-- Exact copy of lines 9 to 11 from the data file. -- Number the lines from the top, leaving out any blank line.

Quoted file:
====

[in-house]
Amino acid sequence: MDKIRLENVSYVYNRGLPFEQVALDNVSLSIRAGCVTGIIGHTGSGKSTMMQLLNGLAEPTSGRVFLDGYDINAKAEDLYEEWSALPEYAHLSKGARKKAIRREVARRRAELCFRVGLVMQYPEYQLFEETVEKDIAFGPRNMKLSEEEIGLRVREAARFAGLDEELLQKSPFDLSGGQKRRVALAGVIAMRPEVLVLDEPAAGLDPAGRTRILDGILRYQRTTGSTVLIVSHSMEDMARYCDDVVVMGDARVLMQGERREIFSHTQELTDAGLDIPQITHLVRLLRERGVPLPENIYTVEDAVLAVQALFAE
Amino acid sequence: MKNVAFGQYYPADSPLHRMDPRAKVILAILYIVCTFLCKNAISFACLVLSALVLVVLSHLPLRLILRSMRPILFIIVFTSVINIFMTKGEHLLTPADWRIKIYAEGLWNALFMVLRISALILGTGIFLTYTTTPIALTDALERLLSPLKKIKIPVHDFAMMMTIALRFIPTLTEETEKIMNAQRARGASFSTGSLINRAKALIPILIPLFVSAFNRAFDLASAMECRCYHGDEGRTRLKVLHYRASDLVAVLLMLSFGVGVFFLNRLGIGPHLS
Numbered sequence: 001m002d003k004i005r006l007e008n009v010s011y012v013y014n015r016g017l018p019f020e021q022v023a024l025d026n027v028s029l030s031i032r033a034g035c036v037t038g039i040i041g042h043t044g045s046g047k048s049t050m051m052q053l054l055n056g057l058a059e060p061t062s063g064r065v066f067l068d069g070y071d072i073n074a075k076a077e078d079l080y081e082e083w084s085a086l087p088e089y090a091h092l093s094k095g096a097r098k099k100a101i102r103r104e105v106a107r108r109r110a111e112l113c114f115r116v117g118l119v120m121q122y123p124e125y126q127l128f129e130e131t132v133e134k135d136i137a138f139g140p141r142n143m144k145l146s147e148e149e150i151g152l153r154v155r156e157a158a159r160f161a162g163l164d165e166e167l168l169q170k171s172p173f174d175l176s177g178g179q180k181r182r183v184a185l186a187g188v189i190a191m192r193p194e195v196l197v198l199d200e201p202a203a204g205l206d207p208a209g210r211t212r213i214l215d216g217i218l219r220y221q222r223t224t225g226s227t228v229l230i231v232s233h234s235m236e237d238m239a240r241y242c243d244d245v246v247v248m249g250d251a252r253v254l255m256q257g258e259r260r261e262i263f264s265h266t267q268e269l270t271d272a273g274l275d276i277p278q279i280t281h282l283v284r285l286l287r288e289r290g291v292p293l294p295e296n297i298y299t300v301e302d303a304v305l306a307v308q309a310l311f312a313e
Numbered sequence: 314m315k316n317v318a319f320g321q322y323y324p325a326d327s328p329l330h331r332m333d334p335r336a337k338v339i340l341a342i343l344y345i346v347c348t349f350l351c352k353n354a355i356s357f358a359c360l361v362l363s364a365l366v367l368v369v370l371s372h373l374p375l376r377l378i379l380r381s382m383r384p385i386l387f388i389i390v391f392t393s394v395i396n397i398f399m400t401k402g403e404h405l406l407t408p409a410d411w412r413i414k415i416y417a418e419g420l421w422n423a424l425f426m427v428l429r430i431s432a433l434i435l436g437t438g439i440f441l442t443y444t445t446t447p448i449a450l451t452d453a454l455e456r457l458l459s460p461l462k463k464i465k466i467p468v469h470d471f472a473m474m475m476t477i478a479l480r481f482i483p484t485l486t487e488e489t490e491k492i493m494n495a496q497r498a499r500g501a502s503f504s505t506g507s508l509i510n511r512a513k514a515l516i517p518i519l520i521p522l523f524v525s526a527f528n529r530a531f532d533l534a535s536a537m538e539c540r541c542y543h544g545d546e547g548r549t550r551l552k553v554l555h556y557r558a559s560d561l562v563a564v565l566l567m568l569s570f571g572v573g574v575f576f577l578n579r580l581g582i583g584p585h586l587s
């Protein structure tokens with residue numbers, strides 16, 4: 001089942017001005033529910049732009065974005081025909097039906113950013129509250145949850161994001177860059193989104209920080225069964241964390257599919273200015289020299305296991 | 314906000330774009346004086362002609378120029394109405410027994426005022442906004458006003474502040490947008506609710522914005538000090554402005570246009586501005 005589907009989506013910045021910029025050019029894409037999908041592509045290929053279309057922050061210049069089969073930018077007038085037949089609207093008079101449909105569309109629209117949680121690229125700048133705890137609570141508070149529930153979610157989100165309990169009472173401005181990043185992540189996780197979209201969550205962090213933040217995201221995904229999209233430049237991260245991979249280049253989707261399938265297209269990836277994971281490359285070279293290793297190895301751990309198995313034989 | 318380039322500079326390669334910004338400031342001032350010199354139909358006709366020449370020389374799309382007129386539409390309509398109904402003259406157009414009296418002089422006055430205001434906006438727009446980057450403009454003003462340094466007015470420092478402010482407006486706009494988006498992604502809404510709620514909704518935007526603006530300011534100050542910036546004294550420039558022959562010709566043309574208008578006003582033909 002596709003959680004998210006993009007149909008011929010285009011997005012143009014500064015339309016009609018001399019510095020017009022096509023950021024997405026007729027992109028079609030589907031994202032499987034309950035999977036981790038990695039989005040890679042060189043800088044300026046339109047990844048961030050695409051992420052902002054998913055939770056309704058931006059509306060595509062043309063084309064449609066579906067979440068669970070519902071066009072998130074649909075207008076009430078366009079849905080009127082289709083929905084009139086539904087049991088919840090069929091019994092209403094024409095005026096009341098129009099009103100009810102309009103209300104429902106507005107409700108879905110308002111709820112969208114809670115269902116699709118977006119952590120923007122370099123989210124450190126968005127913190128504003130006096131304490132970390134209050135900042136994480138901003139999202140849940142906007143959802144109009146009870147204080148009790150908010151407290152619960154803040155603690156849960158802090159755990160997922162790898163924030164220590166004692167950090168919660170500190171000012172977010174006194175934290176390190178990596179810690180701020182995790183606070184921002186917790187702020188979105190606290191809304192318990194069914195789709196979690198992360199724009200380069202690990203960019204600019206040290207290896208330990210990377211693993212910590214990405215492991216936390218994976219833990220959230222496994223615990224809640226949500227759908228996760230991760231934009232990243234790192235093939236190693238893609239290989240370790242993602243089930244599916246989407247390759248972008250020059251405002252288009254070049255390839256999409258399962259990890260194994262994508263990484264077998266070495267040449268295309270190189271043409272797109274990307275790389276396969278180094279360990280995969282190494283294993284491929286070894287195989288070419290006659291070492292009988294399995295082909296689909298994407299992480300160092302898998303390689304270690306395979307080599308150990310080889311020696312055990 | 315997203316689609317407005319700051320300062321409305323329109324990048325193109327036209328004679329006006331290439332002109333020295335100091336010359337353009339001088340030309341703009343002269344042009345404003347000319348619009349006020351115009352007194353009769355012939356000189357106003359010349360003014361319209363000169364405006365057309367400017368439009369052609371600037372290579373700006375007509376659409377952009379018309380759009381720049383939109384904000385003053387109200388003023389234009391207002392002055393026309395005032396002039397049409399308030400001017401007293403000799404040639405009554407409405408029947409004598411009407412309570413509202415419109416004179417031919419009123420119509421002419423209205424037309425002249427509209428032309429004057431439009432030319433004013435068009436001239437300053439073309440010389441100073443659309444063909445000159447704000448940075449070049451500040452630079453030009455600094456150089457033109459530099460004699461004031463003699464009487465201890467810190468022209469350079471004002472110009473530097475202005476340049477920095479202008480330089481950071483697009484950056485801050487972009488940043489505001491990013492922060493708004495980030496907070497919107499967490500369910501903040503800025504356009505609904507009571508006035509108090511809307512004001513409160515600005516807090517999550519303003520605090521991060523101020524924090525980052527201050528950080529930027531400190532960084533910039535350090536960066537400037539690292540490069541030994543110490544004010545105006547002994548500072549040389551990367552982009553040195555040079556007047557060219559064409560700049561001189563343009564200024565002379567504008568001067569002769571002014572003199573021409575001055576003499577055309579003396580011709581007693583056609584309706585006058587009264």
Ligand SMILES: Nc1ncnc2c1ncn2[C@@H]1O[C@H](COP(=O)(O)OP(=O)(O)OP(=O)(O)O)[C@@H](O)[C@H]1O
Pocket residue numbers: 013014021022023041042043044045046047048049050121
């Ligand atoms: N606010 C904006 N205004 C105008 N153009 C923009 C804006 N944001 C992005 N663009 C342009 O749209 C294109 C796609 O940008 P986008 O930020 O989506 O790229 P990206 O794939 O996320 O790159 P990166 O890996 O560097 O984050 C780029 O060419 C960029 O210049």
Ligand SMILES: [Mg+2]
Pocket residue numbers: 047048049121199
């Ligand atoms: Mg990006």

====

């Ligand atoms: N606010 C904006 N205004 C105008 N153009 C923009 C804006 N944001 C992005 N663009 C342009 O749209 C294109 C796609 O940008 P986008 O930020 O989506 O790229 P990206 O794939 O996320 O790159 P990166 O890996 O560097 O984050 C780029 O060419 C960029 O210049």
Ligand SMILES: [Mg+2]
Pocket residue numbers: 047048049121199